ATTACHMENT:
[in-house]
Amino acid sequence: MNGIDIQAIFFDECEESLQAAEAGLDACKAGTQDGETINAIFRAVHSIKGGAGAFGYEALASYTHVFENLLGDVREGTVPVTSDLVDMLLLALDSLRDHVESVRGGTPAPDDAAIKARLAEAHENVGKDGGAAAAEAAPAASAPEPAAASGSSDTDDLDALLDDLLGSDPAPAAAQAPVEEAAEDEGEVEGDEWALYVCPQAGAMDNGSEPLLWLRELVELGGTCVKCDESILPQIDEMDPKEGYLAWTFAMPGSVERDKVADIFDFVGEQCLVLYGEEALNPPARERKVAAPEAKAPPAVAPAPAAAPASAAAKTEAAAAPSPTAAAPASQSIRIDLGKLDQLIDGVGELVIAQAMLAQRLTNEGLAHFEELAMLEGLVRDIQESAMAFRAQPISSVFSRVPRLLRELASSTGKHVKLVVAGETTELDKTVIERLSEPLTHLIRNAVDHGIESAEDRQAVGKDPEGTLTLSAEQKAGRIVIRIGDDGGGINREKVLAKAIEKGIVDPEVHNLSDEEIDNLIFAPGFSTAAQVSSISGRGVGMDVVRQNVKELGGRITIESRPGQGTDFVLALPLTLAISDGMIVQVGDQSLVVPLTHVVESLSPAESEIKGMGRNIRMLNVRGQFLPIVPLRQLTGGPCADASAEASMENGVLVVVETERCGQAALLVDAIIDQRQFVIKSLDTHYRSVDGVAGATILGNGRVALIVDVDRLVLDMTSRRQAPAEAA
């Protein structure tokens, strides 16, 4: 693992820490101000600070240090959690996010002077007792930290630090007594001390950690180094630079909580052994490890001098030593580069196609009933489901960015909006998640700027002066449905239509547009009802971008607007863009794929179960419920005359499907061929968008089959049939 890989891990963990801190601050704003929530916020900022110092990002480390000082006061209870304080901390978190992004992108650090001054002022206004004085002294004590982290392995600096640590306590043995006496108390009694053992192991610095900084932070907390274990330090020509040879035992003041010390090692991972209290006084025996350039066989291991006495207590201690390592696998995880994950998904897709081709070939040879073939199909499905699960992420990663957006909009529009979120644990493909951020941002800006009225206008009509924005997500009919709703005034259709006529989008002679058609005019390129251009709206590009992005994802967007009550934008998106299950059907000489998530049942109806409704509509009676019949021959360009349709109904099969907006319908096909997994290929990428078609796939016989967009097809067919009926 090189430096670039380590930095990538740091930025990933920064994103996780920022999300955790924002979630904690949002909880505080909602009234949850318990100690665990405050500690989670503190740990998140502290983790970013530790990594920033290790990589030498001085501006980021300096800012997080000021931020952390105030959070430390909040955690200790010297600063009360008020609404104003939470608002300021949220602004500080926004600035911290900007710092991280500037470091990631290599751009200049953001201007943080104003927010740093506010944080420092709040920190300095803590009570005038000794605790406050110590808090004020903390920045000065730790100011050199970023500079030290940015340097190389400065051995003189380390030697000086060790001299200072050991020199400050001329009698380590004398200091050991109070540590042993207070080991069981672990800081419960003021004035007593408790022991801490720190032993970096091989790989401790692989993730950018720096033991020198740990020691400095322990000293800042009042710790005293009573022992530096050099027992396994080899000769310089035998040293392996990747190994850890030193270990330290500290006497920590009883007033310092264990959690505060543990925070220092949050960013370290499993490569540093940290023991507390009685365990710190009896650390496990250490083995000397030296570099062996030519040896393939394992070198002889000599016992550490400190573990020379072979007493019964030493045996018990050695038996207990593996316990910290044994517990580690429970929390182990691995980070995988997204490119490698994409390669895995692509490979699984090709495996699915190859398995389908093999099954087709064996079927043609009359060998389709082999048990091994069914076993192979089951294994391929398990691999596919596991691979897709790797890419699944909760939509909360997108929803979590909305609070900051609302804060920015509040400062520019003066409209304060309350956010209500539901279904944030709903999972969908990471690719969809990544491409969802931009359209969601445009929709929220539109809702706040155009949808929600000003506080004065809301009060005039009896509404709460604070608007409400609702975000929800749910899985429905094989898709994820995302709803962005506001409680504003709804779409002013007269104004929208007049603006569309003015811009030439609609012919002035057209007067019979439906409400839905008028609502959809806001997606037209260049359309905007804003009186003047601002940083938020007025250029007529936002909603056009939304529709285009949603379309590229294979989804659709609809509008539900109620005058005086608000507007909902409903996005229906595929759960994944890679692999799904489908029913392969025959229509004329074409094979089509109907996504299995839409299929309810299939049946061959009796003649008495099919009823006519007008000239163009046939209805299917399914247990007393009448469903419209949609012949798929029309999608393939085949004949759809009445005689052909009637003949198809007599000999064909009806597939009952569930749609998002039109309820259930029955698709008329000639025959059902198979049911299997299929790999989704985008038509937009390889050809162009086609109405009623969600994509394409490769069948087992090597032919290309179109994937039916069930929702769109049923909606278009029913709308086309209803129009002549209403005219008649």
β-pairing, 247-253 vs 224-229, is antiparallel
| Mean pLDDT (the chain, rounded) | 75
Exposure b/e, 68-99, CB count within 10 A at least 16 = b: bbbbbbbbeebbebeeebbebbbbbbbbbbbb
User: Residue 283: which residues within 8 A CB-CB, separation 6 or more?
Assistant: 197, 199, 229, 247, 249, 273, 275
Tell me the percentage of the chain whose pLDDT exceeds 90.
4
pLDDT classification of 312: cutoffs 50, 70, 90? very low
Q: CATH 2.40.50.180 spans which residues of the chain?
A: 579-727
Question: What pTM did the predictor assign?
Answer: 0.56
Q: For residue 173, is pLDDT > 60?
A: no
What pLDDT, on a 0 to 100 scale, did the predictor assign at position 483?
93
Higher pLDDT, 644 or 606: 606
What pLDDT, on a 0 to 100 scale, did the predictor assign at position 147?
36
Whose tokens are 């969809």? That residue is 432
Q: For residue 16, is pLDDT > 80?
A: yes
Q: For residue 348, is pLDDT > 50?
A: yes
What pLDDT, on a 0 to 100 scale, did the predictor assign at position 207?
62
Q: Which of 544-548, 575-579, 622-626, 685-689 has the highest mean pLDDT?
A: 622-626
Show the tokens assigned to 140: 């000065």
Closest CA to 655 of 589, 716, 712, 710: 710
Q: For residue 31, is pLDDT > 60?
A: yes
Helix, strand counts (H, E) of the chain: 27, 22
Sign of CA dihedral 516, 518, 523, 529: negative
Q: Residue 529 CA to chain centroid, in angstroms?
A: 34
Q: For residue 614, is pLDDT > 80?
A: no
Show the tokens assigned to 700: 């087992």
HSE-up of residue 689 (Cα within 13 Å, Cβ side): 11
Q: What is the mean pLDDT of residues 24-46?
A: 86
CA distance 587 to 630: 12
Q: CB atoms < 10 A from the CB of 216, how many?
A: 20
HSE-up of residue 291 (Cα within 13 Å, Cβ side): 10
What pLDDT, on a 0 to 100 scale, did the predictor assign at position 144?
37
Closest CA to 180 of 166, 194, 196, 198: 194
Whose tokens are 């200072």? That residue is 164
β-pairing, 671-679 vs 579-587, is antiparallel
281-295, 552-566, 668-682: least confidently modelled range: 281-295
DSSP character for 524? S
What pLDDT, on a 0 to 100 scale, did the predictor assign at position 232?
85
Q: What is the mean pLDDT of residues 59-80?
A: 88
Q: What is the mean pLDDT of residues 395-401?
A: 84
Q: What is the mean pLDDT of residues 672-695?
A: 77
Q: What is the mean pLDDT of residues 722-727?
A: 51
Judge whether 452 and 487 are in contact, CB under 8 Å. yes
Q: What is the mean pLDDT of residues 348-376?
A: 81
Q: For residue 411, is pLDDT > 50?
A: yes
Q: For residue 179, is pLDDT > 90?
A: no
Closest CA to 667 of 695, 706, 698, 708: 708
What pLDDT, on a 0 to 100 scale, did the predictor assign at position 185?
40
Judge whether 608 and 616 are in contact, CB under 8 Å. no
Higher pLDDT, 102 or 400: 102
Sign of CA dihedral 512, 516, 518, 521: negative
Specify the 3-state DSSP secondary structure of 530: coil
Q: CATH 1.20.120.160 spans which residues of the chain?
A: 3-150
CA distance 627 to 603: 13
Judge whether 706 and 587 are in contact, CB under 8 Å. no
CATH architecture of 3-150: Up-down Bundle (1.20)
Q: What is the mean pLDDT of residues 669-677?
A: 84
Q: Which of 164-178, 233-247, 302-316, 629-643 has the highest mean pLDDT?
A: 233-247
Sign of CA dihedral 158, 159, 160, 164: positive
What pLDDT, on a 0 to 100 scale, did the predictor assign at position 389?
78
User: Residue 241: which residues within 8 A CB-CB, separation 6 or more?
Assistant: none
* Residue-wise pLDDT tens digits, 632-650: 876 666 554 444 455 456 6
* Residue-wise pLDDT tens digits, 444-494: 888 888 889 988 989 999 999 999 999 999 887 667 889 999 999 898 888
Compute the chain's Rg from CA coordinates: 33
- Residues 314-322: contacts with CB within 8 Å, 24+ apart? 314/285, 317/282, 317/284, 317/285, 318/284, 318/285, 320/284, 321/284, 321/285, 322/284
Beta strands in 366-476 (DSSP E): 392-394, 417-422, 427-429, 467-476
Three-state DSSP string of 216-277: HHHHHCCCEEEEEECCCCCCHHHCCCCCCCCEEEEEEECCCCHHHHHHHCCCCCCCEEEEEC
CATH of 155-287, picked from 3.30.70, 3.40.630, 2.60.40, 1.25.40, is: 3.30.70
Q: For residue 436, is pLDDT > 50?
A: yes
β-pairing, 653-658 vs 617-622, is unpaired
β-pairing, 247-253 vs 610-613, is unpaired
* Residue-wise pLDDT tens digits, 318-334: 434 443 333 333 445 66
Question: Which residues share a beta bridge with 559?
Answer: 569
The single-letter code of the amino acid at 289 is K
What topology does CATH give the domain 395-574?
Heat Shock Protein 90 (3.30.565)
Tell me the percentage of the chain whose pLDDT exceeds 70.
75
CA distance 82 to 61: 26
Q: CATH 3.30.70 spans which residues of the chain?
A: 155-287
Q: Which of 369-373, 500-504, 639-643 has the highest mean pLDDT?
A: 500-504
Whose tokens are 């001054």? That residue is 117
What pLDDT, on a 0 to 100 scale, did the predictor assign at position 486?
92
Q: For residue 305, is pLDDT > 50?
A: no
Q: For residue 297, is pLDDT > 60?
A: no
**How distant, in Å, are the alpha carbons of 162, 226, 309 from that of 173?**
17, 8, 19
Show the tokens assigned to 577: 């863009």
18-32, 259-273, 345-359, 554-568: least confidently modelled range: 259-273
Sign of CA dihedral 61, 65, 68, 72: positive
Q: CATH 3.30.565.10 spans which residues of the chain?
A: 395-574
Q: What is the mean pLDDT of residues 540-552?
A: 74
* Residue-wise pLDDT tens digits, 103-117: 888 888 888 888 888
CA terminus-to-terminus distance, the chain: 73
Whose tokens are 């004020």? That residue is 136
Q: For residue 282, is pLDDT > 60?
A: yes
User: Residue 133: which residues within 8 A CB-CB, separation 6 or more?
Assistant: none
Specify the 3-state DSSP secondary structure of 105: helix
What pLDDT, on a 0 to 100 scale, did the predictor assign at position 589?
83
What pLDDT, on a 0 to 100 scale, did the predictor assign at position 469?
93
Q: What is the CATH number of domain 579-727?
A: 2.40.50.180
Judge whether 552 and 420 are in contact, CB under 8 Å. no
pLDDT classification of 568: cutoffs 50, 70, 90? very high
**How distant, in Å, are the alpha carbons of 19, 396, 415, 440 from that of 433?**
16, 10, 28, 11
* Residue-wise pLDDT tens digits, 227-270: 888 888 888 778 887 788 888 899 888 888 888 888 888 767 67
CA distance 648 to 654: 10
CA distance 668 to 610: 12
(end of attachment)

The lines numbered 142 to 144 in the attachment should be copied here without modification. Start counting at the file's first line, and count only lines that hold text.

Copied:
Specify the 3-state DSSP secondary structure of 105: helix
What pLDDT, on a 0 to 100 scale, did the predictor assign at position 589?
83